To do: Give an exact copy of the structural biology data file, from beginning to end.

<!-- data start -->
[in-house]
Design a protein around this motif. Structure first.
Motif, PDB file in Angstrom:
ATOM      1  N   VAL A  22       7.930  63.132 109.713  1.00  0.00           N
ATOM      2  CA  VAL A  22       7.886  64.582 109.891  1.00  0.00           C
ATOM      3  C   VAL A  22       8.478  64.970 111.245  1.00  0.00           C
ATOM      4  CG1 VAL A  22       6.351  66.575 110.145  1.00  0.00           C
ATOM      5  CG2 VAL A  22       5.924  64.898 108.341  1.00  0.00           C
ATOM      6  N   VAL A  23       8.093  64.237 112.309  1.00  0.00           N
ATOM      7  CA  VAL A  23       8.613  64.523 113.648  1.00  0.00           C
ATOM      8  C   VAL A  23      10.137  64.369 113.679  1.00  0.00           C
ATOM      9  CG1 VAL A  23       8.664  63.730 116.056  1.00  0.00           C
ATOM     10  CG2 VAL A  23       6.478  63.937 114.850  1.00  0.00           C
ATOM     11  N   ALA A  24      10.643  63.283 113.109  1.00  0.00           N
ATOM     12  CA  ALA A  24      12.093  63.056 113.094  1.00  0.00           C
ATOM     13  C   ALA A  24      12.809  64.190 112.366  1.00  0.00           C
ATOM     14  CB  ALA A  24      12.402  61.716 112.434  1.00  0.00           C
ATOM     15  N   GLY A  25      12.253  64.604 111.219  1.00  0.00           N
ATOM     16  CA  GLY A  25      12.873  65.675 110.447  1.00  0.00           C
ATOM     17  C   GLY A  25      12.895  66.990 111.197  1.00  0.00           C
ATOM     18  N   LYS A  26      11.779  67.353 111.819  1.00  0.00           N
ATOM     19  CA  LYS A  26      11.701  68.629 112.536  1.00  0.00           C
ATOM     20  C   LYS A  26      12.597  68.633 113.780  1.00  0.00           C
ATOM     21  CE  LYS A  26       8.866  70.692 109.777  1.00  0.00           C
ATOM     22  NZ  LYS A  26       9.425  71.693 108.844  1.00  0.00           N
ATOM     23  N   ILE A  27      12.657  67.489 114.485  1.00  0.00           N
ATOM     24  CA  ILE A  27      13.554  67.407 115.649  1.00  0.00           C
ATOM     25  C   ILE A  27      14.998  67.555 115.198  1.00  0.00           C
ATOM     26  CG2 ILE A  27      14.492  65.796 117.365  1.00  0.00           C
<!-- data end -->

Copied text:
[in-house]
Design a protein around this motif. Structure first.
Motif, PDB file in Angstrom:
ATOM      1  N   VAL A  22       7.930  63.132 109.713  1.00  0.00           N
ATOM      2  CA  VAL A  22       7.886  64.582 109.891  1.00  0.00           C
ATOM      3  C   VAL A  22       8.478  64.970 111.245  1.00  0.00           C
ATOM      4  CG1 VAL A  22       6.351  66.575 110.145  1.00  0.00           C
ATOM      5  CG2 VAL A  22       5.924  64.898 108.341  1.00  0.00           C
ATOM      6  N   VAL A  23       8.093  64.237 112.309  1.00  0.00           N
ATOM      7  CA  VAL A  23       8.613  64.523 113.648  1.00  0.00           C
ATOM      8  C   VAL A  23      10.137  64.369 113.679  1.00  0.00           C
ATOM      9  CG1 VAL A  23       8.664  63.730 116.056  1.00  0.00           C
ATOM     10  CG2 VAL A  23       6.478  63.937 114.850  1.00  0.00           C
ATOM     11  N   ALA A  24      10.643  63.283 113.109  1.00  0.00           N
ATOM     12  CA  ALA A  24      12.093  63.056 113.094  1.00  0.00           C
ATOM     13  C   ALA A  24      12.809  64.190 112.366  1.00  0.00           C
ATOM     14  CB  ALA A  24      12.402  61.716 112.434  1.00  0.00           C
ATOM     15  N   GLY A  25      12.253  64.604 111.219  1.00  0.00           N
ATOM     16  CA  GLY A  25      12.873  65.675 110.447  1.00  0.00           C
ATOM     17  C   GLY A  25      12.895  66.990 111.197  1.00  0.00           C
ATOM     18  N   LYS A  26      11.779  67.353 111.819  1.00  0.00           N
ATOM     19  CA  LYS A  26      11.701  68.629 112.536  1.00  0.00           C
ATOM     20  C   LYS A  26      12.597  68.633 113.780  1.00  0.00           C
ATOM     21  CE  LYS A  26       8.866  70.692 109.777  1.00  0.00           C
ATOM     22  NZ  LYS A  26       9.425  71.693 108.844  1.00  0.00           N
ATOM     23  N   ILE A  27      12.657  67.489 114.485  1.00  0.00           N
ATOM     24  CA  ILE A  27      13.554  67.407 115.649  1.00  0.00           C
ATOM     25  C   ILE A  27      14.998  67.555 115.198  1.00  0.00           C
ATOM     26  CG2 ILE A  27      14.492  65.796 117.365  1.00  0.00           C